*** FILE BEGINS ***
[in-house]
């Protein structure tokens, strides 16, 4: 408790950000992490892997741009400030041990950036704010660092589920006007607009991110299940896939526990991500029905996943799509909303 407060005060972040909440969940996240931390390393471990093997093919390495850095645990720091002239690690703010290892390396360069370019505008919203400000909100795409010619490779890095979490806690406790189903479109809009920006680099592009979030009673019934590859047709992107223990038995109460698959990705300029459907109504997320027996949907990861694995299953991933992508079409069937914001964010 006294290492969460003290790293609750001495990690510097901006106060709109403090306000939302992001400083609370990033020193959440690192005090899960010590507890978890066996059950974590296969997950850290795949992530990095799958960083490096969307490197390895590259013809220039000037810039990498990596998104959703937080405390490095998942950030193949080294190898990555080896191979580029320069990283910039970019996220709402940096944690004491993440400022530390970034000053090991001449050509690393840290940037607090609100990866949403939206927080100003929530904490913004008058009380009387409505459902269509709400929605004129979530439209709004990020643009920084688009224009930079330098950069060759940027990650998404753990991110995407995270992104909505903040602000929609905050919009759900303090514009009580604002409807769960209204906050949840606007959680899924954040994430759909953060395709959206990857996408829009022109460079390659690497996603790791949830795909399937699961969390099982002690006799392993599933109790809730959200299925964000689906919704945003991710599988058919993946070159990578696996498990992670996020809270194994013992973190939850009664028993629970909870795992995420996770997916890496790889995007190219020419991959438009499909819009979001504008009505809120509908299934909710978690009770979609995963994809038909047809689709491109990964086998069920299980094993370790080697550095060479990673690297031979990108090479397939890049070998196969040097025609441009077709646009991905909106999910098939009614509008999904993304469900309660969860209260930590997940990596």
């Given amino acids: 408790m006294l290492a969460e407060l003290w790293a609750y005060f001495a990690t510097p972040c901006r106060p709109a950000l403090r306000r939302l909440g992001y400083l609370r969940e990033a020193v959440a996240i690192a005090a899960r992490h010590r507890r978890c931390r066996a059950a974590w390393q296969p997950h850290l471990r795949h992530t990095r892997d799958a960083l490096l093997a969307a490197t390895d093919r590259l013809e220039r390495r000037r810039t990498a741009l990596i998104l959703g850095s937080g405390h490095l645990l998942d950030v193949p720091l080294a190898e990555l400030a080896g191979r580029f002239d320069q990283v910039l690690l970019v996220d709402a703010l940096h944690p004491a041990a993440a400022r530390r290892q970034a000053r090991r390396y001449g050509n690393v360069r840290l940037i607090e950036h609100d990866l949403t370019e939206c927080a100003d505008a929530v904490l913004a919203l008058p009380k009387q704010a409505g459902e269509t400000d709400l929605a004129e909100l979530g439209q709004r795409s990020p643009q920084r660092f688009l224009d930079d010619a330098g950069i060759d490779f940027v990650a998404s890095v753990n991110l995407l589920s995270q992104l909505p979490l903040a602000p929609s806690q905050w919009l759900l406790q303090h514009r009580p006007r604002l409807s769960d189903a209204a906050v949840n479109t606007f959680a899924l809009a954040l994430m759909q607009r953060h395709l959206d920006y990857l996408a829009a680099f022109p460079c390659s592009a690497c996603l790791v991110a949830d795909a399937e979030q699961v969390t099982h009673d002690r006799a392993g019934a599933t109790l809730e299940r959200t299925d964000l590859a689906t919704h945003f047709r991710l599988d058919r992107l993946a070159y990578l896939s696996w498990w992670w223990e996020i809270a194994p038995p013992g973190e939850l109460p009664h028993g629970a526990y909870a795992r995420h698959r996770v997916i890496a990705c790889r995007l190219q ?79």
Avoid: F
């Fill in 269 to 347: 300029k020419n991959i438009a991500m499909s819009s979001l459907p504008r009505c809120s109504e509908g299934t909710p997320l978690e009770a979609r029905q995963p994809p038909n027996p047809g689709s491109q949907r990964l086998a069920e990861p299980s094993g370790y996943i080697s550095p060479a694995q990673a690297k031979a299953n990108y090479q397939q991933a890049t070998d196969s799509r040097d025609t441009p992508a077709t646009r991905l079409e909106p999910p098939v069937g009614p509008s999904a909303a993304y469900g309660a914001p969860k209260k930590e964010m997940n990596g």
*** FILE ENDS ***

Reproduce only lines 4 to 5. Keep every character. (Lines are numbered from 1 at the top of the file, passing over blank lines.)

Avoid: F
């Fill in 269 to 347: 300029k020419n991959i438009a991500m499909s819009s979001l459907p504008r009505c809120s109504e509908g299934t909710p997320l978690e009770a979609r029905q995963p994809p038909n027996p047809g689709s491109q949907r990964l086998a069920e990861p299980s094993g370790y996943i080697s550095p060479a694995q990673a690297k031979a299953n990108y090479q397939q991933a890049t070998d196969s799509r040097d025609t441009p992508a077709t646009r991905l079409e909106p999910p098939v069937g009614p509008s999904a909303a993304y469900g309660a914001p969860k209260k930590e964010m997940n990596g």